Edvard Munch - The Scream
A recent news release recounted a study of more than 3,000 older (ages 51 to 83) women which found that having panic attacks could signal upcoming death from vascular and other causes.
Alvin Powell from Harvard University's News Office wrote,
Yet, it is not only older women who are susceptible to the ill effects of anxiety and panic attacks. Another Harvard study found that men who complain of chronic anxiety are six times more likely than those who are free of it to suffer from sudden cardiac death. Dr. Arthur Janov in, Why You Get Sick, How You Get Well (1996), wrote about that study and concluded that ". . . anxiety is becoming one of the strongest risk factors for sudden death by cardiac arrest. . . . " (p. 105)
". . . (P)anic attacks were relatively common, suffered by about 10 percent of those in the study. While heart attacks and strokes were relatively rare, those suffering panic attacks had four times the risk of heart attack, three times the risk of heart attack or stroke, and twice the risk of dying from any cause as those who didn’t.
“This adds panic attacks to the growing body of evidence that emotional states and psychological symptoms are relevant to physical outcomes,” said Jordan Smoller, associate professor of psychiatry at Harvard Medical School and Massachusetts General Hospital (MGH), associate professor of epidemiology at the Harvard School of Public Health, and the study’s lead author.
Smoller said the link between panic attack and health remains unclear. The study controlled for 14 known variables, including age, race, income, body mass index, alcohol consumption, smoking, hormone use, high cholesterol or blood pressure, level of physical activity, atrial fibrillation, depression, and history of diabetes or cardiovascular disease. A panic attack’s influence on health appears to be independent of any of those factors, Smoller said." (Study was from the October, 2007 Archives of General Psychiatry)
[Definition of cardiac arrest from the American Heart Assn. website: "Electrical impulses in the diseased heart become rapid (ventricular tachycardia) or chaotic (ventricular fibrillation) or both. This irregular heart rhythm (arrhythmia) causes the heart to suddenly stop beating."]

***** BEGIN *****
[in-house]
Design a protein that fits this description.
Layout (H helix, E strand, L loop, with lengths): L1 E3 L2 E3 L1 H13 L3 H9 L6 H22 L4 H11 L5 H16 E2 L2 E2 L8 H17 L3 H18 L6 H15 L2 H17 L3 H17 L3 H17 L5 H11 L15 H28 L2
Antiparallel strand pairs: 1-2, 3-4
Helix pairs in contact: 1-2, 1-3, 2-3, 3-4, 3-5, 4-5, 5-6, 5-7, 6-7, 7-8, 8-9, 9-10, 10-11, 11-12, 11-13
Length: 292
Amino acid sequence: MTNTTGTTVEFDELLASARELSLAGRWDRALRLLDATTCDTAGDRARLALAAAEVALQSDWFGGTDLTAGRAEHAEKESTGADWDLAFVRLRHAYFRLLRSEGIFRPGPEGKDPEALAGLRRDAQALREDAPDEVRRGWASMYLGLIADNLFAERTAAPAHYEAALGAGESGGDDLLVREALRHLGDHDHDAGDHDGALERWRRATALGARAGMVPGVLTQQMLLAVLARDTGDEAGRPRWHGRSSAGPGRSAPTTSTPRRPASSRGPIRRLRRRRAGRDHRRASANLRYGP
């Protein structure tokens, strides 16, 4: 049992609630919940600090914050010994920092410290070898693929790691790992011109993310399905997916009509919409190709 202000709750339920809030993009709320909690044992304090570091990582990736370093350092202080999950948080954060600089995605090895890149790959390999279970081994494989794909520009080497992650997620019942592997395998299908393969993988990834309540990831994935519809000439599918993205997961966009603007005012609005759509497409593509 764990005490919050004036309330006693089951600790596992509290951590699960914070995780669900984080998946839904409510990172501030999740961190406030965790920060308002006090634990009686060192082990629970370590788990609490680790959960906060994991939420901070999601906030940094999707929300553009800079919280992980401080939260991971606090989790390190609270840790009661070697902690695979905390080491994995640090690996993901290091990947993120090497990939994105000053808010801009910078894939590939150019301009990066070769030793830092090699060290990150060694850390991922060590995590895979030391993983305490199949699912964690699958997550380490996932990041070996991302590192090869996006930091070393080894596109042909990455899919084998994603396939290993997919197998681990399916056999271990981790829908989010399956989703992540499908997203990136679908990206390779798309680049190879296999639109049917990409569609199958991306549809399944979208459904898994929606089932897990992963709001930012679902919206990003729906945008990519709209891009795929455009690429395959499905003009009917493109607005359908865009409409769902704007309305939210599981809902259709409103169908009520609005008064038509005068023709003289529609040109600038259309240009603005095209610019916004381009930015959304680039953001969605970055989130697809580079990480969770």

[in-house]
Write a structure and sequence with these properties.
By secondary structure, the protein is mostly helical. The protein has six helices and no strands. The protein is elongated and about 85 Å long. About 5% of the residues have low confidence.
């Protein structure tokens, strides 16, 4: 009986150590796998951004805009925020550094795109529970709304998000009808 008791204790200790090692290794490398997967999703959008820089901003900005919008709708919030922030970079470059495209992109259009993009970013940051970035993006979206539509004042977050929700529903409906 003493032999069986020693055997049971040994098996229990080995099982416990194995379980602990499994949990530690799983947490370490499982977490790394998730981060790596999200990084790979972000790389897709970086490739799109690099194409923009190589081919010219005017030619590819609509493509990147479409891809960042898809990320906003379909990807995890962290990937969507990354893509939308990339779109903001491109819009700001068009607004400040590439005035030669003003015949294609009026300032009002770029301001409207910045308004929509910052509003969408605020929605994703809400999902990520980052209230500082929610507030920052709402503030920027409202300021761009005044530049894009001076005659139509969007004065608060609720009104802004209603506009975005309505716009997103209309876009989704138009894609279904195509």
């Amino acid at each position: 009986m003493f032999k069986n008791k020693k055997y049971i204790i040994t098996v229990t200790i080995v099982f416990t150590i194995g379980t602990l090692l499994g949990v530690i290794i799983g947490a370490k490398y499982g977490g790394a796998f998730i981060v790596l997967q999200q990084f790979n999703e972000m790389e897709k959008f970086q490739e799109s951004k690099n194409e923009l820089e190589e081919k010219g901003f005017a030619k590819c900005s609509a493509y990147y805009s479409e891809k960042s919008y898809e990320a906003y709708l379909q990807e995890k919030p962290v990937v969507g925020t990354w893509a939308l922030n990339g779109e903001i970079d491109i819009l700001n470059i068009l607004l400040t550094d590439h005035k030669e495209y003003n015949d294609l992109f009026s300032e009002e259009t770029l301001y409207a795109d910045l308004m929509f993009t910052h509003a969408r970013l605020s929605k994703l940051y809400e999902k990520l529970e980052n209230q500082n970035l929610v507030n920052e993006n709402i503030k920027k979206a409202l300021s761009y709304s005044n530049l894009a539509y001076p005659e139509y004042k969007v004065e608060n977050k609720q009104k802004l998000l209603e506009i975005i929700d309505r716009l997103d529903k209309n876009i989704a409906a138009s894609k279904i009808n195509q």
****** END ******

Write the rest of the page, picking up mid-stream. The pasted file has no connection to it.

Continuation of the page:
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Although not a codable disorder, The Diagnostic and Statistical Manual of Mental Disorders (DSM-IV) lists the symptoms of panic attacks:
- Palpitations, pounding heart, or accelerated heart rate
- Trembling or shaking
- Sensations of shortness of breath or smothering
- Feelings of choking
- Chest pain or discomfort
- Nausea or abdominal distress
- Feeling dizzy, unsteady, lightheaded, or faint
- Feelings of "unreality" or being detached from oneself
- Fear of losing control or going crazy
- Fear of dying
- Numbness or tingling sensations
- Chills or hot flushes
The symptoms of an anxiety or panic attack are in reality the unconscious memories of events which most of us experienced during our earliest beginnings - the traumas of our births. Panic attacks are blocked feelings which attempt to rise into our consciousness. Emotional and physically traumatic triggers in the present - ones which have the emotional and/or physical content of the repressed traumatic feelings in our past awakens and gives energy to those blocked feelings.
Psychiatrist Frank Lake found that, from a trauma viewpoint, births could be placed within four categories. In the third category, the pain and suffering of the fetus becomes of life and death proportions in the when the fetus' head is "...jammed in the pelvis and can move neither forwards nor backwards. The will to return to the womb
is as useless as the will to move forward. Only one struggle is
possible, the struggle to live in spite of growing distress, crushing of the head,